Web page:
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Early Black Films Black films from the 1920s, 1930s, a

Black films from the 1920s, 1930s, and 1940s were produced by black filmmakers for a black circuit and were rarely seen by white audiences. So-called blaxploitation films from the late 1960s and early 1970s were produced by white filmmakers for a largely urban audience, and these films were shaped for white audiences as well as black. The black films from an earlier era showed a wide range of subject matter, with the mass of films emulating white genres such as detective stories, westerns, comedies, domestic dramas, crime dramas, and so on. The blaxploitation films of the 1970s were much more limited, being primarily crime and action films featuring drug use, violence, sexual situations, and so on, creating an image of blacks that was limited and, in the eyes of many critics, degrading. It would be wrong to argue that the black films of the 1930s were high artistic achievements, for overall they were not, but they did offer a more varied view of black life than could be found in the studio-financed action fantasies of the sixties and seventies. Between those films and the exploitation works of the 1960s there is a void as far as films made by blacks for blacks are concerned, and blacks in films in the interim were all reflections of white views of blackness. The exploitation films of the 1960s and early 1970s were a different sort of white image of blacks. It would not be until after the large-scale success of the Civil Rights Movement and accompanying shifts in social attitudes that a more varied black film movement would develop with directors like Spike Lee, Carl Franklin, John Singleton, and Forrest Whitaker would bring a black perspective to black subjects.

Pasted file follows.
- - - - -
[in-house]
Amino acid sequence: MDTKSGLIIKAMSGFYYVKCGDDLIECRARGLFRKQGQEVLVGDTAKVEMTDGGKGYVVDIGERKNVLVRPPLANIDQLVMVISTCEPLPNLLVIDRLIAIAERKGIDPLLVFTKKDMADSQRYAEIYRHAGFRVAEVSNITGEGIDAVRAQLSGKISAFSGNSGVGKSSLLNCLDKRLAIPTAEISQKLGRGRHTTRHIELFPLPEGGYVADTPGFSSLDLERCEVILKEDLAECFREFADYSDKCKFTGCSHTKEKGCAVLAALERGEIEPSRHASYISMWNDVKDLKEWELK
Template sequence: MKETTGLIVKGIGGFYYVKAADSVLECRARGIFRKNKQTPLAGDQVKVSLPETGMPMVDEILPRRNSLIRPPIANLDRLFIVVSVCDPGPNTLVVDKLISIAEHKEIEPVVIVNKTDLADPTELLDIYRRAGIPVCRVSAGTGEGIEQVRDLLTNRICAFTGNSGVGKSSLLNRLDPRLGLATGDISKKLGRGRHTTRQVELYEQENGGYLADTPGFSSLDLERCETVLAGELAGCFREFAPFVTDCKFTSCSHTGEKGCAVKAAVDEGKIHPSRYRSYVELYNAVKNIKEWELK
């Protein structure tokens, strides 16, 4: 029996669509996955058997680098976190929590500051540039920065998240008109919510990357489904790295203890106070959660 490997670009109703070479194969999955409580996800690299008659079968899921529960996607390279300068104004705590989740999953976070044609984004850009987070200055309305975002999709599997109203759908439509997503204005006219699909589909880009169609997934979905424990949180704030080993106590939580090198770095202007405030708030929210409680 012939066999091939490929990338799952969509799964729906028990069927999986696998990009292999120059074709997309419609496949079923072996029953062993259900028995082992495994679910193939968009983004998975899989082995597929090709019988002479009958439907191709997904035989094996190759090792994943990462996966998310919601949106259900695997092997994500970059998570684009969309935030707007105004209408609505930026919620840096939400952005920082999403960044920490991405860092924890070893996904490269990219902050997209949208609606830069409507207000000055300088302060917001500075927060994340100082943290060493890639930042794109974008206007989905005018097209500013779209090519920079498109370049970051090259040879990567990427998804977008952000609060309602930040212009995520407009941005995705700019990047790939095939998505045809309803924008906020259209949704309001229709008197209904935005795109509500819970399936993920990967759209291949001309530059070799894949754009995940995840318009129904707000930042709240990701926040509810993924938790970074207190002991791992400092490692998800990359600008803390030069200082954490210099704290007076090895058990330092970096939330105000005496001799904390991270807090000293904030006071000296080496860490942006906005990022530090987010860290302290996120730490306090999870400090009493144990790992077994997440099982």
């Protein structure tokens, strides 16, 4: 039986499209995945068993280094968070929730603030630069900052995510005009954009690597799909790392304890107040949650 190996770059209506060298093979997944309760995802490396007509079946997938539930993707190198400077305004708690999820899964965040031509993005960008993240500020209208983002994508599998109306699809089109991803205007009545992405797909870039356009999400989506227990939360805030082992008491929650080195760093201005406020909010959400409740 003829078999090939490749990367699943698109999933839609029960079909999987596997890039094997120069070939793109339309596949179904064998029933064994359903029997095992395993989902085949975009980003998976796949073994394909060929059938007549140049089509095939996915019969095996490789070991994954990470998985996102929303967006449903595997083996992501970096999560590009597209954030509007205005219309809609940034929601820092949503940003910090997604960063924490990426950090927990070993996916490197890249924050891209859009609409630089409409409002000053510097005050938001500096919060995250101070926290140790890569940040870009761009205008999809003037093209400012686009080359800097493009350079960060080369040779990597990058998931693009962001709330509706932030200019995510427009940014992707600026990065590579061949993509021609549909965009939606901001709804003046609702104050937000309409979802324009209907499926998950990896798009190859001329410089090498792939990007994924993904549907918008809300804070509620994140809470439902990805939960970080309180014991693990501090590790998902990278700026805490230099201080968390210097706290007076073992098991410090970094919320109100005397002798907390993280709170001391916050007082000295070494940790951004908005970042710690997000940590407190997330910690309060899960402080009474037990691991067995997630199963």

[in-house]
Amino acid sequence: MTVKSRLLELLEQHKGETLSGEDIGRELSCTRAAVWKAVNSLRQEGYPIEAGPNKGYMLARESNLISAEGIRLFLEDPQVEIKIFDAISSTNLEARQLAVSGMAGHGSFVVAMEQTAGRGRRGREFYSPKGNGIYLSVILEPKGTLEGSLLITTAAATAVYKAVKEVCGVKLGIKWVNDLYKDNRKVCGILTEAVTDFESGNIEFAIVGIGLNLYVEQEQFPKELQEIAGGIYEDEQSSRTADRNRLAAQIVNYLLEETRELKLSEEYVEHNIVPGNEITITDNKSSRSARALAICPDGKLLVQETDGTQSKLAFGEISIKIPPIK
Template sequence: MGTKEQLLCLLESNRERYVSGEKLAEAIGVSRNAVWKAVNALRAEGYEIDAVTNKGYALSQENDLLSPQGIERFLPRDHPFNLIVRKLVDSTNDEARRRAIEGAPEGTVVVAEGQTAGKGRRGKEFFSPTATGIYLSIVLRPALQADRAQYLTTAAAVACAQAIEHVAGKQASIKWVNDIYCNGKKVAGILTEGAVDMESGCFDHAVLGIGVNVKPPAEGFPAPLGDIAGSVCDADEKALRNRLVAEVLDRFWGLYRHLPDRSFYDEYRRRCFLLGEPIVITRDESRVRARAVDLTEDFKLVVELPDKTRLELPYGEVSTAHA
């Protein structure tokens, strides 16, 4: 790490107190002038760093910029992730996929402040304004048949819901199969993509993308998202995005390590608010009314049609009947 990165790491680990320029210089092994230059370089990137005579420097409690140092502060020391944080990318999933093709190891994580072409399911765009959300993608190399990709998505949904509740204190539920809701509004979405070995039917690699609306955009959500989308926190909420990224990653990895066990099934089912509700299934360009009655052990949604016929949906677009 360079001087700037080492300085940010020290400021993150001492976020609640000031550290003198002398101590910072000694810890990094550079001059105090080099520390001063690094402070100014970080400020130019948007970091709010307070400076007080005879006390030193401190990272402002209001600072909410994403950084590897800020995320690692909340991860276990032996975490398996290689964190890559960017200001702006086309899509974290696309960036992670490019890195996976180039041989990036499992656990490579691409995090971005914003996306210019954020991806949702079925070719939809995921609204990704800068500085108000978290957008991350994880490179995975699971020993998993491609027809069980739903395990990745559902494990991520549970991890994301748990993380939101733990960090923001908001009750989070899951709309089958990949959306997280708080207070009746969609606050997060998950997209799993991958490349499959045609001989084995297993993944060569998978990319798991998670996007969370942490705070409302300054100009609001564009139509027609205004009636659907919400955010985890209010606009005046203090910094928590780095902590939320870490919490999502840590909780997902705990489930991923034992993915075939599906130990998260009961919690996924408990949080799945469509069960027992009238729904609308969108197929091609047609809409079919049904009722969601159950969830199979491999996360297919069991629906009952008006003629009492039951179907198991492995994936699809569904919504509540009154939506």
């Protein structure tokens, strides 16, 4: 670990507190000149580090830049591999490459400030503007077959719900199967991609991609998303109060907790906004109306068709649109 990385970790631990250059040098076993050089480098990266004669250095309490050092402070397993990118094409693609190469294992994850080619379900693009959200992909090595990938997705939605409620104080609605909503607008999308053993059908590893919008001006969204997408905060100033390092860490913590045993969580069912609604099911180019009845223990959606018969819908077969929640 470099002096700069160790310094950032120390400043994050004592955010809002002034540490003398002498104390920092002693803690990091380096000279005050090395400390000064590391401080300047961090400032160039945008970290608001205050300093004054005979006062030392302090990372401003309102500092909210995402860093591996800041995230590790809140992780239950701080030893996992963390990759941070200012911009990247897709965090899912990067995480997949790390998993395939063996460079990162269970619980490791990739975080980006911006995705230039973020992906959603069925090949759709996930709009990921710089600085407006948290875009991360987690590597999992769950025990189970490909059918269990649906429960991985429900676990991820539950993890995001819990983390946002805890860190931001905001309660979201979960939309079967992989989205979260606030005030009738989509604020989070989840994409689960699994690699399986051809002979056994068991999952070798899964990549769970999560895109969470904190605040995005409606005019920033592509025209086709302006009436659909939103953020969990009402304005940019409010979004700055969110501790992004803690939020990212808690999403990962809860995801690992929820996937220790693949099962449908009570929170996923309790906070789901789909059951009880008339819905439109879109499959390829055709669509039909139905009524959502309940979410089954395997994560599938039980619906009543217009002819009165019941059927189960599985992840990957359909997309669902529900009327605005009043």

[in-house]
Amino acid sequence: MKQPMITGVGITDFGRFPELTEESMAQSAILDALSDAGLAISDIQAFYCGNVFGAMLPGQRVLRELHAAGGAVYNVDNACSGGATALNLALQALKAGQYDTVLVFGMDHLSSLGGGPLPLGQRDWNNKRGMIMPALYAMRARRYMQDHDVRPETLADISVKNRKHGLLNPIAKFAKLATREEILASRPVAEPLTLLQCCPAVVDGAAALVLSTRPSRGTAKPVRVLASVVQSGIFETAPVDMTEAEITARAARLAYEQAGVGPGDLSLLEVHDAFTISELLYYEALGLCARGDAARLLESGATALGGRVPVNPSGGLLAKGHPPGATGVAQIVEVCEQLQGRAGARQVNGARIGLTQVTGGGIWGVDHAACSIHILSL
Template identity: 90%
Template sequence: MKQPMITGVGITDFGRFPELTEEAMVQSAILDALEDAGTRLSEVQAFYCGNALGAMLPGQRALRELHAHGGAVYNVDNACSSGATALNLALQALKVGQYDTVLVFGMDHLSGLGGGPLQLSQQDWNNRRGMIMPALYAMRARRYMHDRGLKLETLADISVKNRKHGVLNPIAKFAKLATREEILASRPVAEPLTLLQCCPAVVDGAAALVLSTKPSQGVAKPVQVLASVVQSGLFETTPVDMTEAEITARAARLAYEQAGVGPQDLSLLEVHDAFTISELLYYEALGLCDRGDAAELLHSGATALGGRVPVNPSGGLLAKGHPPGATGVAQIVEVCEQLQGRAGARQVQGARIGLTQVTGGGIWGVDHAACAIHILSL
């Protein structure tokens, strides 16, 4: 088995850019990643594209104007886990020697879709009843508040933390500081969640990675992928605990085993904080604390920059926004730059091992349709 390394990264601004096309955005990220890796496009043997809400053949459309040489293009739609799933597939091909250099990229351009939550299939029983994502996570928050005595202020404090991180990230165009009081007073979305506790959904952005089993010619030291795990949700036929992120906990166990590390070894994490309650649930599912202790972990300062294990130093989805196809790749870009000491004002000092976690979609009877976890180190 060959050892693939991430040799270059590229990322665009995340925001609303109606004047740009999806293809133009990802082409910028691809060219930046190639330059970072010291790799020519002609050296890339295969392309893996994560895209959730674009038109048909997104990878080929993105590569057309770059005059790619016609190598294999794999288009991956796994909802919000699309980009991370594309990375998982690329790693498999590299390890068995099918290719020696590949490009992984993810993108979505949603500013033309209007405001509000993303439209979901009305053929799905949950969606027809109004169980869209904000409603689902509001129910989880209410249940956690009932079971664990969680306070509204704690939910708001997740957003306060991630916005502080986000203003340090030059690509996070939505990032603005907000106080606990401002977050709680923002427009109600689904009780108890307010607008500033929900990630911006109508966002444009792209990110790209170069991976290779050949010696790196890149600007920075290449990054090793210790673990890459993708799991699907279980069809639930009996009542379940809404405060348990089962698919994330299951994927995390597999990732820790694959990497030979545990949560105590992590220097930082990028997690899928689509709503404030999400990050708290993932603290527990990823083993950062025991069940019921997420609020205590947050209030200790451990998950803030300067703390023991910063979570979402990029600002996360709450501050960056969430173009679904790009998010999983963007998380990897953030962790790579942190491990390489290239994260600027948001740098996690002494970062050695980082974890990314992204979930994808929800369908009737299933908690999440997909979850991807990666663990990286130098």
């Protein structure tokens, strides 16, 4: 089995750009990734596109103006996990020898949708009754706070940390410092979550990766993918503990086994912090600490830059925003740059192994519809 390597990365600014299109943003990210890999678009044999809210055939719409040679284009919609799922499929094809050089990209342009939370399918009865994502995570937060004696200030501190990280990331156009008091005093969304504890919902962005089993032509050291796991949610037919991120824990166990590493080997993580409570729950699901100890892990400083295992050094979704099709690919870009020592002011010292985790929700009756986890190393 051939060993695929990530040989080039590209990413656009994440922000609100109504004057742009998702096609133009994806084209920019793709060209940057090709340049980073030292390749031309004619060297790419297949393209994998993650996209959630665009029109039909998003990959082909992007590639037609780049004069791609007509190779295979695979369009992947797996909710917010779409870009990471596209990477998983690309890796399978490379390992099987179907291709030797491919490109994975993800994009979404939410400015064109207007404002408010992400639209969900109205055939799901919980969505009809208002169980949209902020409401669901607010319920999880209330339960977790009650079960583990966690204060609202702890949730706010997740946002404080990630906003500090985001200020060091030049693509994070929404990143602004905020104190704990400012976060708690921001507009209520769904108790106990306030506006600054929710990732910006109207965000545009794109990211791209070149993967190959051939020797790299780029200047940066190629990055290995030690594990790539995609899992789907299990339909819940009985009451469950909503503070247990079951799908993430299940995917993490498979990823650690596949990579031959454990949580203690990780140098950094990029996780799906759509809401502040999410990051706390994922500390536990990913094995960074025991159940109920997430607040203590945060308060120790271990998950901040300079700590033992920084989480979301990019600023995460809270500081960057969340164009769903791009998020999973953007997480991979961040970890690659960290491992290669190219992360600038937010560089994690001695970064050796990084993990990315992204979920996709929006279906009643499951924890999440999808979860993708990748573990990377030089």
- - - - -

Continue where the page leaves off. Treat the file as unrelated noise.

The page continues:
The all-black film movement started in the silent era with the Lincoln Motion Picture company in Los Angeles in 1916, a black-owned and operated film corporation (Sampson 27). The most successful of all black-owned independent film production companies was the Michea...

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